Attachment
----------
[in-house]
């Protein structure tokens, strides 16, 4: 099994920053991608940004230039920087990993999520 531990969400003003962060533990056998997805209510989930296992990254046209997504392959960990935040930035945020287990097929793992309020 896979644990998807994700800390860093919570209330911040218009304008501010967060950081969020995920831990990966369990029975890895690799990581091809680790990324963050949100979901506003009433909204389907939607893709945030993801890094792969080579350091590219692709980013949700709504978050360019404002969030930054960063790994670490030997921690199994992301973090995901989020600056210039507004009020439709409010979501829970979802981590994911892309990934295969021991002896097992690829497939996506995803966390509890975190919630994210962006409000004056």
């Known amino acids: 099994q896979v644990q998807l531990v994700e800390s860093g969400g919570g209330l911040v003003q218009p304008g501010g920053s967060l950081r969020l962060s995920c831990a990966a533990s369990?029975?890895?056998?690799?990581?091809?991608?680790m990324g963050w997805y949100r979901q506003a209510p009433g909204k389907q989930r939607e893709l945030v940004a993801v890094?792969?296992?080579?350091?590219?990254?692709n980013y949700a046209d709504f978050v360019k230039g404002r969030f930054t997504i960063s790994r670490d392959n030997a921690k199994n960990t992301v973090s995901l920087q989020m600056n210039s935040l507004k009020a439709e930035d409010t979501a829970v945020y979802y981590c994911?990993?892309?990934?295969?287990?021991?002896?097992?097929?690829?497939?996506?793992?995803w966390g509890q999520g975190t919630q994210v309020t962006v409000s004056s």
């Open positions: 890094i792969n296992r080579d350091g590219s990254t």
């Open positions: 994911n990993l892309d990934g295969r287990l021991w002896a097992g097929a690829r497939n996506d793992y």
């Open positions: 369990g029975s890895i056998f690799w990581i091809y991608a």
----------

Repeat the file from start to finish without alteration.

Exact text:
[in-house]
């Protein structure tokens, strides 16, 4: 099994920053991608940004230039920087990993999520 531990969400003003962060533990056998997805209510989930296992990254046209997504392959960990935040930035945020287990097929793992309020 896979644990998807994700800390860093919570209330911040218009304008501010967060950081969020995920831990990966369990029975890895690799990581091809680790990324963050949100979901506003009433909204389907939607893709945030993801890094792969080579350091590219692709980013949700709504978050360019404002969030930054960063790994670490030997921690199994992301973090995901989020600056210039507004009020439709409010979501829970979802981590994911892309990934295969021991002896097992690829497939996506995803966390509890975190919630994210962006409000004056």
């Known amino acids: 099994q896979v644990q998807l531990v994700e800390s860093g969400g919570g209330l911040v003003q218009p304008g501010g920053s967060l950081r969020l962060s995920c831990a990966a533990s369990?029975?890895?056998?690799?990581?091809?991608?680790m990324g963050w997805y949100r979901q506003a209510p009433g909204k389907q989930r939607e893709l945030v940004a993801v890094?792969?296992?080579?350091?590219?990254?692709n980013y949700a046209d709504f978050v360019k230039g404002r969030f930054t997504i960063s790994r670490d392959n030997a921690k199994n960990t992301v973090s995901l920087q989020m600056n210039s935040l507004k009020a439709e930035d409010t979501a829970v945020y979802y981590c994911?990993?892309?990934?295969?287990?021991?002896?097992?097929?690829?497939?996506?793992?995803w966390g509890q999520g975190t919630q994210v309020t962006v409000s004056s």
């Open positions: 890094i792969n296992r080579d350091g590219s990254t």
């Open positions: 994911n990993l892309d990934g295969r287990l021991w002896a097992g097929a690829r497939n996506d793992y």
């Open positions: 369990g029975s890895i056998f690799w990581i091809y991608a």